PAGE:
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Monday, June 23, 2008

-=: The World Pastry Team Championship :=-

Want to go to this Event? Visit the Chocolate Lovers Travel Club to learn how.

Since its inception, The World Pastry Team Championship has become one of the most talked about events in the world of pastry.

The competition features up to 12 teams, each with 3 professional pastry chefs who labor for 13 hours over the course of two days. A National Team Pastry Championship is held in odd numbered years with the winning team representing the United States in the World event the following year.

To be eligible to compete, chefs must be living and working in the country they represent for no less than two years prior to the competition. For the National Pastry Team Championship, professional pastry chefs living and working in the U.S. are invited to submit their credentials and achievements to be considered for a captaincy spot in the competition. A selection committee of noted pastry chefs reviews the applications and the captains are chosen and the captains select their teams. For the World Pastry Team Championship, noted pastry chefs from the country are invited by the organizing committee to bring a team to the United States to compete.

Taken from : www.thechocolatelife.com

Sunday, April 6, 2008

German cartel office raids chocolate makers

Chocolate is tempting stuff, but profit can be even more so. That at least is the suspicion swirling around some of the world's leading candy makers.

The Federal Cartel Office in Germany, the country's antitrust watchdog, raided offices of several confectionery giants, including Nestlé, Kraft and Mars, last Thursday. Authorities suspect that the companies may have colluded to raise the prices of their products.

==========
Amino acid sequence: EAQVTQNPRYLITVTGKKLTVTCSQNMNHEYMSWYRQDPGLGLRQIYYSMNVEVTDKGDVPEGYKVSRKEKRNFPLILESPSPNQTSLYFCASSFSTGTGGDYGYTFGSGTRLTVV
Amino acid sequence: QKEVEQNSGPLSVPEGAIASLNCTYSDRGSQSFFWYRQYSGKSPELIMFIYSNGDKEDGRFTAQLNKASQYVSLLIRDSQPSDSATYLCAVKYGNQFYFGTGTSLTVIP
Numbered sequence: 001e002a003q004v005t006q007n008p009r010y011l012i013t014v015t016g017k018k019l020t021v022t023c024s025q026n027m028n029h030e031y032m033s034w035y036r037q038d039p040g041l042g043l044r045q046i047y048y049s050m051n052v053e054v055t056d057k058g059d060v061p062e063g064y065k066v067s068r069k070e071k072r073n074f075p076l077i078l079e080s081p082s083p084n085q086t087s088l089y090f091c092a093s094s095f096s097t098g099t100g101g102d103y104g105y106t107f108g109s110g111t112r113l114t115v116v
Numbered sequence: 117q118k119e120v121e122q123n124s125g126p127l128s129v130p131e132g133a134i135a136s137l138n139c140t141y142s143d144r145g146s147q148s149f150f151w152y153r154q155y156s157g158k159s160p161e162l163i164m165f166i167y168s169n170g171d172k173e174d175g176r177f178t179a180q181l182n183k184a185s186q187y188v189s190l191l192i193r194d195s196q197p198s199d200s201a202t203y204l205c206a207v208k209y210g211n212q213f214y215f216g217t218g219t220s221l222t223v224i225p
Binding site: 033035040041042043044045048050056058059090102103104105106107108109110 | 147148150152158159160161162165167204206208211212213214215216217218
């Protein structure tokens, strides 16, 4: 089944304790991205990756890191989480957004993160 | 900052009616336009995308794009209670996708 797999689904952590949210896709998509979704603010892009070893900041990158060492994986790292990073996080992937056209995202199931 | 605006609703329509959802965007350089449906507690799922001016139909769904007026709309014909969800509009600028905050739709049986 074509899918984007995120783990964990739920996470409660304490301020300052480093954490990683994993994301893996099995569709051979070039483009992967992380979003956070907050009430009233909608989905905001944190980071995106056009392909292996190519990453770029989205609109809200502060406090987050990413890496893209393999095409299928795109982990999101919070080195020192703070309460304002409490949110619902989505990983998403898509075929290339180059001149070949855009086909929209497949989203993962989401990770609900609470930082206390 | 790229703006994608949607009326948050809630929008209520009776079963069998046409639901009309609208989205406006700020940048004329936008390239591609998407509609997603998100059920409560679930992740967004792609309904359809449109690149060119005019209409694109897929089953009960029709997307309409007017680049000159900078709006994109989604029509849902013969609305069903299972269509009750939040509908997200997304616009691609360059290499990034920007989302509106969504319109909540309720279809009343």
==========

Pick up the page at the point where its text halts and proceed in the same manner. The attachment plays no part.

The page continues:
Authorities also seized documents at the headquarters of a local favorite, Ritter Sport, whose perfectly square chocolate bars are ubiquitous in Germany and gaining ground in the United States.

"They seem to think we have improperly exchanged information," said Petra Fix, a spokeswoman for Ritter Sport, which is based in the southern German town of Waldenbuch, outside Stuttgart.

Nestlé, which is based in Switzerland and is the towering giant of the field, also had a visit from antitrust agents at its Frankfurt offices. "We cooperated with the authorities," a spokesman, Robin Tickle, said.
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Chocolate makers have put the onus for rising prices, which have doubled for some products, on the cost of raw materials. Commodity prices have risen sharply over the past year amid strong demand from big emerging economies like China and India. Costlier raw materials would typically force companies to pass costs on to consumers, but manufacturers always run the risk of being undercut if they move to do so ahead of the competition.

"The sector is quite consolidated, and the price rises were quite pronounced," said Marco Gulpers, an analyst at ING Wholesale Banking, Bloomberg News reported. "There are a lot of reasons why these companies need to raise prices to protect their margins."

European Union competition authorities were not involved in the action last week, according to a spokesman, Jonathan Todd. He suggested the move is a German effort, at least for the time being.

Canadian and U.S. antitrust regulators began their own investigation of some of the same manufacturers last year.

To the American eye, the timing of the German move has delicious irony about it, coming only a week before Valentine's Day, the traditional time for chocolaty gifts between lovers. Alas, such a sales boom remains a figment of sweet imagination for chocolate sellers in Germany.

Fix, the spokeswoman for Ritter Sport, said she spent enough time in the United States to appreciate how much chocolate companies benefit from Valentine's Day. But the holiday has not really caught on, at least among older Germans.